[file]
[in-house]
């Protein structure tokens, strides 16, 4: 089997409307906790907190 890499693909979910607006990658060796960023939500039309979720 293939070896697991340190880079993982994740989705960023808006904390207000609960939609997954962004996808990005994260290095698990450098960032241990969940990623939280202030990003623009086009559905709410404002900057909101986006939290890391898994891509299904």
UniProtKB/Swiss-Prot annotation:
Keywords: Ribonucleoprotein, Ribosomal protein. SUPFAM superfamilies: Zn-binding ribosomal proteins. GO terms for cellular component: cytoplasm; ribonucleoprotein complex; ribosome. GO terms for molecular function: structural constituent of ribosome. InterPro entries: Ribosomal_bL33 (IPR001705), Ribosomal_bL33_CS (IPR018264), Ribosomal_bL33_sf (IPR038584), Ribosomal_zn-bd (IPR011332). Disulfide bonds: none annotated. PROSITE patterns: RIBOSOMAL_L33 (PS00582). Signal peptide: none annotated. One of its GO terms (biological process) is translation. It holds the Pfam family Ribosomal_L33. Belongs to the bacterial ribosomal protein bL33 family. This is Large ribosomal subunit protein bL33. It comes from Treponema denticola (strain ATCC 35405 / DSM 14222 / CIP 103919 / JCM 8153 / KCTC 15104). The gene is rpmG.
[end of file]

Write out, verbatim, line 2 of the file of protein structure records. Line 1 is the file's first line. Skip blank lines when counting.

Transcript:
């Protein structure tokens, strides 16, 4: 089997409307906790907190 890499693909979910607006990658060796960023939500039309979720 293939070896697991340190880079993982994740989705960023808006904390207000609960939609997954962004996808990005994260290095698990450098960032241990969940990623939280202030990003623009086009559905709410404002900057909101986006939290890391898994891509299904």